In the Beginning
My art story - I nearly never was a painter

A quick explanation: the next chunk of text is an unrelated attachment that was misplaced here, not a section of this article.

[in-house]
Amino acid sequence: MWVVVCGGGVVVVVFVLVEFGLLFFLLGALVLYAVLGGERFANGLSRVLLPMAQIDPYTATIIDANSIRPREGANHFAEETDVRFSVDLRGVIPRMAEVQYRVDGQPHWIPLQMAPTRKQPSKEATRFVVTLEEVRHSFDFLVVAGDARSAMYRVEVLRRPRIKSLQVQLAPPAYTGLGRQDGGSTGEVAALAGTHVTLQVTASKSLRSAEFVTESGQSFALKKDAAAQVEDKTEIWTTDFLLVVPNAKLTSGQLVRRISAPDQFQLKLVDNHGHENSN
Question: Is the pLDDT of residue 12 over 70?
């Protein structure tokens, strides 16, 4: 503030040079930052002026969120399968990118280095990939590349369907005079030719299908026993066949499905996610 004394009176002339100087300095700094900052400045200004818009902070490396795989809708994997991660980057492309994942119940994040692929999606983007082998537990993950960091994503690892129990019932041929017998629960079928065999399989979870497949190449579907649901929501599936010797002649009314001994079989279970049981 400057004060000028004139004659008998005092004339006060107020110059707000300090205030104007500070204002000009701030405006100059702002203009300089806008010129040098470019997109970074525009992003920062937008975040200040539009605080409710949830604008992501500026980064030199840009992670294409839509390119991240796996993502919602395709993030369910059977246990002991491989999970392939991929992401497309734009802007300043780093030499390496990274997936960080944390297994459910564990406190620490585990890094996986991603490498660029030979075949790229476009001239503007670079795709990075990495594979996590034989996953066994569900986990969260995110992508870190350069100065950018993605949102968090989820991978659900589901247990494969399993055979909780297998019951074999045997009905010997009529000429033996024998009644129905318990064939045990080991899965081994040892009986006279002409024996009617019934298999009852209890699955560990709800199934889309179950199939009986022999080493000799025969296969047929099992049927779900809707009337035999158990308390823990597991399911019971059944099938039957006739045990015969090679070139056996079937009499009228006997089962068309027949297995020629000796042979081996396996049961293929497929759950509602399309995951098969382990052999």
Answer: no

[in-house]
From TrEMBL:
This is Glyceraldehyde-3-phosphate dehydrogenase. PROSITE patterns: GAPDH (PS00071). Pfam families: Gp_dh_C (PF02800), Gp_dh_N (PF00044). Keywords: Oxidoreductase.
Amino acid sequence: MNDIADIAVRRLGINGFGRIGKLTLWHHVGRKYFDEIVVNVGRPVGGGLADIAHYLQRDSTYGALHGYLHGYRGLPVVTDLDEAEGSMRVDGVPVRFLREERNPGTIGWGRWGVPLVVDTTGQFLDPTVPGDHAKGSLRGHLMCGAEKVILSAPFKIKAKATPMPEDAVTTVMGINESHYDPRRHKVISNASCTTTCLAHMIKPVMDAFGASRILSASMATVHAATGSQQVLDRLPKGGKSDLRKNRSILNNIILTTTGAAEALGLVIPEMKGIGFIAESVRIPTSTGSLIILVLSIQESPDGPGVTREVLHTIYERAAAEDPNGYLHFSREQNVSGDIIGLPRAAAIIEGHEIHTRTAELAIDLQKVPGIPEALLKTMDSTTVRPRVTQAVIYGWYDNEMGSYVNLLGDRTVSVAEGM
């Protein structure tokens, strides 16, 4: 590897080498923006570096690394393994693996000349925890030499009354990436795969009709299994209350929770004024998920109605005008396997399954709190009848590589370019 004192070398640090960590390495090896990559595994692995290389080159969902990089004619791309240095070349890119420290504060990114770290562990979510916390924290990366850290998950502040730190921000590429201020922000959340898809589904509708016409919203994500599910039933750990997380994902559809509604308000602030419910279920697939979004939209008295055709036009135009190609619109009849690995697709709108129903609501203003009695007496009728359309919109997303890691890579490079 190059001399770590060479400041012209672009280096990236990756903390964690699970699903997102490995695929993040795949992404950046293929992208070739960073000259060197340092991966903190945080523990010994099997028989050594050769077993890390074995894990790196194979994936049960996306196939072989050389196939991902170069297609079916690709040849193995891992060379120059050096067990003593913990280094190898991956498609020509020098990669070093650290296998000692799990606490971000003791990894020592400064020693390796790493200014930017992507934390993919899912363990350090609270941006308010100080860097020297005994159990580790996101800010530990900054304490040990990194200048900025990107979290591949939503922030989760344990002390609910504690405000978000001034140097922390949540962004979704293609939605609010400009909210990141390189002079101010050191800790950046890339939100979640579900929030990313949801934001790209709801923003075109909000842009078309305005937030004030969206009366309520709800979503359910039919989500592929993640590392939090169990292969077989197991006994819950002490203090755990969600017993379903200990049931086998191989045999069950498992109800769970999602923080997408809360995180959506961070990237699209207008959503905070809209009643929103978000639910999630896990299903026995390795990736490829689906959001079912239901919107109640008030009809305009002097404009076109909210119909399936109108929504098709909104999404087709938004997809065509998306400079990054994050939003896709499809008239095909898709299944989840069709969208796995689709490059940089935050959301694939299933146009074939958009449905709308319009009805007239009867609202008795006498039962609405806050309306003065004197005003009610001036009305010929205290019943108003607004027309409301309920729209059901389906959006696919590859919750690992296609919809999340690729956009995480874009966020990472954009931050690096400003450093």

The first term at Boarding School, I was just over 12 years old, in the Art Class the teacher Roy C said paint an explosion. I buried myself in the event - white in the centre, spreading outwards in a jagged succession of concentric bursts of yellow, orange, red, purple, black, all fire and force. The teacher looked over my shoulder. “What is that!” “An explosion Sir.” He lifted my paper off the desk and tore it in half from top to bottom, then he put the two halves together and turned it and torn it again, dropping the fragments into a wastepaper basket. I didn't understand what I had done wrong. I looked and what the other boys were doing and they were painting green hills with little grey v shaped spurts coming out of the top. I switched to the metal work class and learnt how to beat out copper into a bowl. Some ten years later I was working in a hotel in Maidenhead, working mornings and evenings with afternoons off, and by chance I came across an afternoon pottery class for adults. I joined and loved it - had an immediate affinity with shaping clay, and over the years kept it going to the point where I seriously considered a career as a potter. Fifteen years later I was married and now attending an Adult Education Pottery Evening Class, where we could make anything we wanted. By now there was only so many plates, bowls, vases and mugs a home can accommodate and I had made many. The idea of making mechanical movements in the wrong material appealed to me, so I made in clay a mechanical toy with moving parts, an Armadillo standing on a box. Winding a handle on the side of the box turned a plate on the top with a small fly modeled on it. As the fly passed the nose of the Armadillo its tongue popped out to try and eat the fly. I couldn't take pottery any further and the next term enrolled in the Watercolour Evening Class. I painted watercolours in a succession of Adult Education Evening classes for the next 30 years, until I retired, at which point I thought I will try oils. What a revelation! It was like going back to pottery! One could build a painting; the textures, shapes and layers, and since then I have done nothing except plunge deeper and deeper into a love of oil painting and its possibilities, attending courses and building to the point where now I ask myself three questions. What do I want to paint? Why do I want to paint it? How do I want to paint it?